People retire early for many reasons. For some, it may not be as glamorous, but because their health made it impossible to continue working. For others, they may have been laid-off or opted to take a buyout by their employer. Others may leave the workforce early to care for an ailing family member. In all the above cases, financial long-term health to last through retirement will be an obstacle. Leaving full-time work early means less saved for retirement, less earned toward Social Security, and being too young and therefore ineligible to take advantage of pensions, certain IRAs, or Medicare. People in these categories are forced to retire, for whatever reason, and so have a different set of challenges going forward than someone who chooses to retire early.
Tips to plan ahead for advanced aging and the challenges it can sometimes bring.
Wednesday, 20 February 2019
Thinking about the future, a future where you, your spouse, or your parents, have a significant medical condition or chronic illness’ like Dementia, Alzheimer’s or Parkinson's is difficult.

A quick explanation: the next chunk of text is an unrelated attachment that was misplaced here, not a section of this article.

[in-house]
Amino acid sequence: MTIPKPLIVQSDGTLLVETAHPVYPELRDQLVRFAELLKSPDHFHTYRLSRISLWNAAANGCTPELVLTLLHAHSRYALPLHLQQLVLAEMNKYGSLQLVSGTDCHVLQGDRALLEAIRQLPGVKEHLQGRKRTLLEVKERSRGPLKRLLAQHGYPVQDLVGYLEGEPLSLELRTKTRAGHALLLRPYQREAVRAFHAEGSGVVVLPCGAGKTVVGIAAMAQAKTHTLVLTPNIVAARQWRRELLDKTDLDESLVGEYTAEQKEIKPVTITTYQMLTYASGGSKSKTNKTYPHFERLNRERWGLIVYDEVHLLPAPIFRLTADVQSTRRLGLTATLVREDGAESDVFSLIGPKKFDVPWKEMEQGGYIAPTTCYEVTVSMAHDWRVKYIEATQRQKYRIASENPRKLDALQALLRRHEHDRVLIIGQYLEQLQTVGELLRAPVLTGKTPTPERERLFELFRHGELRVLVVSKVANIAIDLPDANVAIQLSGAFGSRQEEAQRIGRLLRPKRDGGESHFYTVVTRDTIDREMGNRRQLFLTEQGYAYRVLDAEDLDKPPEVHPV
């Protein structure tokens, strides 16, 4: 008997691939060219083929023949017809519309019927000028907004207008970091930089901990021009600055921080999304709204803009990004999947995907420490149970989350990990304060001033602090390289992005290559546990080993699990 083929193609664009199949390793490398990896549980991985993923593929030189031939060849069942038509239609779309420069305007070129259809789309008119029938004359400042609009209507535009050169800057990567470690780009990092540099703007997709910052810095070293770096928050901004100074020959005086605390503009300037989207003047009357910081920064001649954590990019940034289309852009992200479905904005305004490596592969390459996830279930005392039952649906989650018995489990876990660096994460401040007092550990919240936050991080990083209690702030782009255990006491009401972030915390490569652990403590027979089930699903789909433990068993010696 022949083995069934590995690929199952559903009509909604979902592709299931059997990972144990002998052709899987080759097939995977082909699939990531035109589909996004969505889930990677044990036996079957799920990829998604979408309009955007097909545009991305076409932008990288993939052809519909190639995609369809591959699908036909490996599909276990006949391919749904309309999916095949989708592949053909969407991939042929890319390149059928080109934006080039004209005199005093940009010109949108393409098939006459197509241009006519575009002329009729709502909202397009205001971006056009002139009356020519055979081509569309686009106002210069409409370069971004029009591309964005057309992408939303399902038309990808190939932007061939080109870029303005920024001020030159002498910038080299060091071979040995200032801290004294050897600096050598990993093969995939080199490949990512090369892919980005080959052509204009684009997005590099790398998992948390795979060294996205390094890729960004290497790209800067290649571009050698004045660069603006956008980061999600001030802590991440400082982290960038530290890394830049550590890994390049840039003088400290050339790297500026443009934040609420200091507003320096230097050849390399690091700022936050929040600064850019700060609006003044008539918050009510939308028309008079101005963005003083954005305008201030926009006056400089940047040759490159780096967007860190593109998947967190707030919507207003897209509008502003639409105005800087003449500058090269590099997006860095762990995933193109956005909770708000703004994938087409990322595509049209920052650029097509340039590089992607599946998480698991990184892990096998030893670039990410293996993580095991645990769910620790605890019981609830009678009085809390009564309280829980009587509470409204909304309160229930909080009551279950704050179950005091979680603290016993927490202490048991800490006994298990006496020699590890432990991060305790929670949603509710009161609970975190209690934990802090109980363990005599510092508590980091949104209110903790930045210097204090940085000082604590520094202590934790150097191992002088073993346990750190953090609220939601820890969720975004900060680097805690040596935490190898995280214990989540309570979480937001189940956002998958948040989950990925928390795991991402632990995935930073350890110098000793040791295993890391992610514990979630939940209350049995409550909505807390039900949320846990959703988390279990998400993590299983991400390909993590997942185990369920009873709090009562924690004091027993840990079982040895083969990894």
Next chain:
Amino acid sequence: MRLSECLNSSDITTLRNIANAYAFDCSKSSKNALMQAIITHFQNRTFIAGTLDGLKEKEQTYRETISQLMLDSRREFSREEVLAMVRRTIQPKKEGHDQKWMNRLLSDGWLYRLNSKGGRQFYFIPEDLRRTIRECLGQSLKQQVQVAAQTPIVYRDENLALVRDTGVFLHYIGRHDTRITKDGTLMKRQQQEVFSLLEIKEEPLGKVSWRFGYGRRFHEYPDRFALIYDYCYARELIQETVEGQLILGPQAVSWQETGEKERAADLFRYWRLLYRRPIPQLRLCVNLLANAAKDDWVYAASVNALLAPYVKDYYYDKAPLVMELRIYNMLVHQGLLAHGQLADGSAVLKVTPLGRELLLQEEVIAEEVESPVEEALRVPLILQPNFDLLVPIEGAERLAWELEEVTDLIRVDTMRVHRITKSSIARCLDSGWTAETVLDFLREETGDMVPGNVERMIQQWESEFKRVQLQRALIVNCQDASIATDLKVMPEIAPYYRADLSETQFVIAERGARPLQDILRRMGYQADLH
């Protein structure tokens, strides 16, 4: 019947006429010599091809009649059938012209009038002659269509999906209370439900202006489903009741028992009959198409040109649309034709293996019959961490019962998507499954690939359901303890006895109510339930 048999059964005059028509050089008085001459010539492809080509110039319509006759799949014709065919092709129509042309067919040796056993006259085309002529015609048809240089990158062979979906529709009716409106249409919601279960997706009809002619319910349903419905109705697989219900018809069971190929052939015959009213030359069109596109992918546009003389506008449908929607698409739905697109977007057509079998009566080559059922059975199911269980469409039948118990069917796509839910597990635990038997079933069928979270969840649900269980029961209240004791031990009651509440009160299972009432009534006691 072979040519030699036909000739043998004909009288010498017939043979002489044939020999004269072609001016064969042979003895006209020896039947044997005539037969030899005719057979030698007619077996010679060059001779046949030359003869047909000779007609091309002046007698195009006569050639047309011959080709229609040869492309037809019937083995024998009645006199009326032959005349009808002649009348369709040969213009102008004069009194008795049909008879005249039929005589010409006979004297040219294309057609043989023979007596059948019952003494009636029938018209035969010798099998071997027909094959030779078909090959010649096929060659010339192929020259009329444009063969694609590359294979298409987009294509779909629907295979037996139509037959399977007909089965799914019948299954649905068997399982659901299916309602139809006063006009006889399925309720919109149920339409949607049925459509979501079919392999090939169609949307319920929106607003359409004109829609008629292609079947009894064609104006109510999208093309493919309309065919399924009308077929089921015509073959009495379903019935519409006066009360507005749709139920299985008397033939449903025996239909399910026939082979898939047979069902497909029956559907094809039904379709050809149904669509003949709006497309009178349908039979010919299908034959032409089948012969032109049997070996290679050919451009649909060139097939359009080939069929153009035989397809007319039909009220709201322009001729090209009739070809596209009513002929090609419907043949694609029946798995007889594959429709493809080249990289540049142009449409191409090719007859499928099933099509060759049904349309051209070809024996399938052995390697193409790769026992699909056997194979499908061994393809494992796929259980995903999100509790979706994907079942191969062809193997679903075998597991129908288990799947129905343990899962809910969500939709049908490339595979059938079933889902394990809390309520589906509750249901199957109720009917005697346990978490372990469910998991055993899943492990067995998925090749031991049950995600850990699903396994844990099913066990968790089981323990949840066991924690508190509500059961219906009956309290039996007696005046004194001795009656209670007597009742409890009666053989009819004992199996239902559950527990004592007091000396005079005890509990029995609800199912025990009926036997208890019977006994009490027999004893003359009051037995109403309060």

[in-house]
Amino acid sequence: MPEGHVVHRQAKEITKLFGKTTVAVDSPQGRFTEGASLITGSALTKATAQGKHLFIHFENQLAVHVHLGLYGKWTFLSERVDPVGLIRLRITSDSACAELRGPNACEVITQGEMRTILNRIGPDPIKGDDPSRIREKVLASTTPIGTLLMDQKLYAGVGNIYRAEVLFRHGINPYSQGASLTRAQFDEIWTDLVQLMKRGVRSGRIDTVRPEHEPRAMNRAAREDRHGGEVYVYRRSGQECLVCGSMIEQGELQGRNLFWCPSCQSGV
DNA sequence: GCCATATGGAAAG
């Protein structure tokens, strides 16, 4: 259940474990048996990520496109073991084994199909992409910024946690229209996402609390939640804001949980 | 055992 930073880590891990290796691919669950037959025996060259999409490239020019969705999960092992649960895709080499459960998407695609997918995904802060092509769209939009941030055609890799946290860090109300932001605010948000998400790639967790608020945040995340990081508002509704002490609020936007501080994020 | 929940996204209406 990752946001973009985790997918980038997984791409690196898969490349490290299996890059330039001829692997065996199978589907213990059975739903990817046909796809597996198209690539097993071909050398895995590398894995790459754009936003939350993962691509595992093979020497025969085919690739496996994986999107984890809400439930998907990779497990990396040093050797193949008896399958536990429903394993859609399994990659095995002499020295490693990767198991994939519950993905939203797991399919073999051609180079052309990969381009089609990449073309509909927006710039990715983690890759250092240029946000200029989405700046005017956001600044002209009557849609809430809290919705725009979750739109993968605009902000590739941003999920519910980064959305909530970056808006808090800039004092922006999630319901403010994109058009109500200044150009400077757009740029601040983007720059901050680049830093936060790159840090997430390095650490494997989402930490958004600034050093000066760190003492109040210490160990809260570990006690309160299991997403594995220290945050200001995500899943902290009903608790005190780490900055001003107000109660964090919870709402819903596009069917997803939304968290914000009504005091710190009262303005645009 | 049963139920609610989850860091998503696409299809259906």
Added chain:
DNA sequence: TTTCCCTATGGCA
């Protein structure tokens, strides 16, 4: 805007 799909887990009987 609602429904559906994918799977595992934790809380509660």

Age-related medical conditions that long term arrangements are challenging for all involved. Having a plan in place before these unfortunate circumstances arise can unburden families who are already having to deal with the emotional impact of a loved one's diminishing health whether physically or mentally.
We’ve all witnessed someone with these conditions either as the caretaker or the one who needs care. We also know that while it can be uncomfortable to have conversations about this type of future retirement planning, it is also imperative to do so. This is because, whether we have the talks or not, life happens. We’ve all encountered people caught unawares by unforeseen life events. They are often ill-prepared, financially over-burdened and mentally at their wit's end. Not having a plan leaves you scrambling with few options in a difficult situation. Currently, only 40% of Americans have a will and 17% have a trust in place.[i] That leaves a lot of people in a precarious position if something unexpected happened.